Not long ago, a group of senior executives asked me to speak to them about generosity. So I started the conversation by asking each of them to share what generosity meant to them.
Perhaps I shouldn’t have been surprised, but what I heard back were examples of niceties, little things they did on the side, things that mostly didn’t sound core to who they were and how they spent their days. It was probably my mistake to open a conversation with a new group and expect that folks would be willing to take a risk, be willing to share something poignant or even vulnerable. Nevertheless, it was telling.
Three years ago, a few friends and I created Generosity Day as a reboot of Valentine’s Day. The idea was to reconnect with the true spirit of love and to give people permission to make more space for generosity in their lives.
That might sound like an easy idea to get excited by, and it was. Thousands of people joined the Generosity Day bandwagon, the idea caught fire on social media and got a lot of mainstream press coverage, and Generosity Day spread around the world. It’s been a joy to behold.
One of the best parts of helping spread this kind of idea is that it has given me the chance to talk about generosity a lot. And while I’ve heard a lot of enthusiasm from people I’ve also found that lots of good, kind people – people who devote serious time and effort to making the world a better place – don’t feel comfortable with talk of generosity. I never really understood why until I heard the examples that this group of executives chose to share – I volunteer a little here, I helped with a bake sale there. This group that had deeper stories to tell instead decided to share stories of nice, kind, but mostly peripheral acts.
I’ve been purposely exploring generosity for nearly five years now, and while I humbly admit that my own practice of generosity is still very much a work in process, my points of reference when hearing the word “generosity” are profound, textured, nuanced, and potentially very deep. Generosity and giving are cornerstones of cultural practices dating back thousands of years; they are bedrocks of all the major religions; generosity is one of the five yamas in the eight-limbed path of yoga!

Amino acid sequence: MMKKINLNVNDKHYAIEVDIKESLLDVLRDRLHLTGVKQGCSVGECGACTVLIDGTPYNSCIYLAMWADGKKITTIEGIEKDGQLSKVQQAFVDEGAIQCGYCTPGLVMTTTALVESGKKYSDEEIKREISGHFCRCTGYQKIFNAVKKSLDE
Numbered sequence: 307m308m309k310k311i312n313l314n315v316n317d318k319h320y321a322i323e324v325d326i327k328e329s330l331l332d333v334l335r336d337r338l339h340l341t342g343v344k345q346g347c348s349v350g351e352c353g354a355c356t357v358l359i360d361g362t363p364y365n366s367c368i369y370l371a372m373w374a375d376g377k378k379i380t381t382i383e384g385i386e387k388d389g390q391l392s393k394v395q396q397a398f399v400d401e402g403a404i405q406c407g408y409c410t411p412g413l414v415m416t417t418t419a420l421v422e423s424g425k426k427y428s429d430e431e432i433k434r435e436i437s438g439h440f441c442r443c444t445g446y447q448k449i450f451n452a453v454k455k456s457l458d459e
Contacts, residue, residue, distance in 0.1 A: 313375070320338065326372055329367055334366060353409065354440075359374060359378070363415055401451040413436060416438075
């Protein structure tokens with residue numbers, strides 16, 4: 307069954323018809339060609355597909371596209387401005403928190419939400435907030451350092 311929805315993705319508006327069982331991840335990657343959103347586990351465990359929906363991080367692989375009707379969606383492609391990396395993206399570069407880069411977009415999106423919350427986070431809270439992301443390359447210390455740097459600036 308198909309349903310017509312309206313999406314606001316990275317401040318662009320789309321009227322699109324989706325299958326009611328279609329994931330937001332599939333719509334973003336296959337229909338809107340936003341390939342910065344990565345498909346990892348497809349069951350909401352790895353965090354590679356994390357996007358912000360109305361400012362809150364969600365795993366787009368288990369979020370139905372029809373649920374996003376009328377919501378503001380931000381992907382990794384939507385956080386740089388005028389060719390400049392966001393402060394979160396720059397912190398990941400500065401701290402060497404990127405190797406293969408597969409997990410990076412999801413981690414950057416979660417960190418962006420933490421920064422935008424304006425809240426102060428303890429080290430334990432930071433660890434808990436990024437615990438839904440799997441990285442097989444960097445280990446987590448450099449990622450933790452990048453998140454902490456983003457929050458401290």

That’s the opposite of small, the antithesis of trite.
Nevertheless, just because that is my experience of generosity does not mean that is what others hear. If someone’s conscious engagement with generosity is limited, when they hear talk of “generosity” their minds can naturally avoid things that are deep, grounded, or profound.
If I could restart the conversation I had with that group of executives, I would ask a different question. Not “what does generosity mean to you?” which somehow got people to talk about when they had been generous, but “when has someone else’s generosity made a difference in your life?” I’ve been amazed with how consistently I hear poignant stories of generosity when people are freed to answer this question. People see others’ better angels. Small, fleeting acts from decades ago are revealed to be seminal milestones in peoples’ lives.
What stories do you have to share, examples of when a person’s generosity touched you?
And how many of these examples come in a business context? Are those examples hard to come by, and if so, why might that be?
Sacha Dichter spends his days as the the Chief Innovation Officer at Acumen Fund – a nonprofit venture fund that is creating a world beyond poverty by investing in social enterprises, emerging leaders, and breakthrough ideas. He is also a blogger and speaker about generosity, philanthropy, and social change. Find out more here.